Building on English foundations of political liberty, the colonists extended the concepts of liberty and self-government far beyond those envisioned in the mother country. While Englishmen had some representation in their parliament, Americans took the system further. All colonies had some form of a two-house parliament system. Some, like New York, had governors appointed by the crown. Others, like Rhode Island, elected their own. Local government also varied between the colonies. The southern states had a strong County government, while the New England colonies relied on town-meeting government. In either case, voting was reserved to land-owning white men.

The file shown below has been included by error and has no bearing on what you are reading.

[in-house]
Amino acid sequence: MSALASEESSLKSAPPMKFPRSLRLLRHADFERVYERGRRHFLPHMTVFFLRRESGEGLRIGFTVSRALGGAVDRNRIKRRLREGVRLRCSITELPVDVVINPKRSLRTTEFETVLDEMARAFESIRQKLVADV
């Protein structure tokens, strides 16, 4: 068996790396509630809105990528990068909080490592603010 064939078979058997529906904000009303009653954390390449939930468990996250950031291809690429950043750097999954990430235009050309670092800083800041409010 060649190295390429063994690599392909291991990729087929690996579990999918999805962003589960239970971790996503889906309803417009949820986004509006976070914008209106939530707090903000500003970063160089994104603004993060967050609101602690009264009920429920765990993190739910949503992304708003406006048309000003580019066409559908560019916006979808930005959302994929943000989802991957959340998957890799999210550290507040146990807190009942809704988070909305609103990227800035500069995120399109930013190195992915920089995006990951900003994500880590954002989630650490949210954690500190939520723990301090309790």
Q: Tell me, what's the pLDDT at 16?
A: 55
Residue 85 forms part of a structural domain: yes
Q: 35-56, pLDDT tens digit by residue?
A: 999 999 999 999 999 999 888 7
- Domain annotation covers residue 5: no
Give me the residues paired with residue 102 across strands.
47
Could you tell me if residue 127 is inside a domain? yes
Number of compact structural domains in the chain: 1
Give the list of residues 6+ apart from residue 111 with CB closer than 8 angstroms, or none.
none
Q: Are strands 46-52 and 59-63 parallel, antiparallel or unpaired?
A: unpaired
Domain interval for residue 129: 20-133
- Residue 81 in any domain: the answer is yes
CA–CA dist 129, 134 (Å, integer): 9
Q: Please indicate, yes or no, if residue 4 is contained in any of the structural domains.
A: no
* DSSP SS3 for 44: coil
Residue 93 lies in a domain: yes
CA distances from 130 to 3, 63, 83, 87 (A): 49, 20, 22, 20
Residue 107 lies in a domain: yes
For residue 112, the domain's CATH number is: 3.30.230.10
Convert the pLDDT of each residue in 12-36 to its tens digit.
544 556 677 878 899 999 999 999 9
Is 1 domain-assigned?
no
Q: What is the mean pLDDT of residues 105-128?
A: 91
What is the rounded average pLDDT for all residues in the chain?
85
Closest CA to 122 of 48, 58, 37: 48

In contrast to the well-defined and hereditary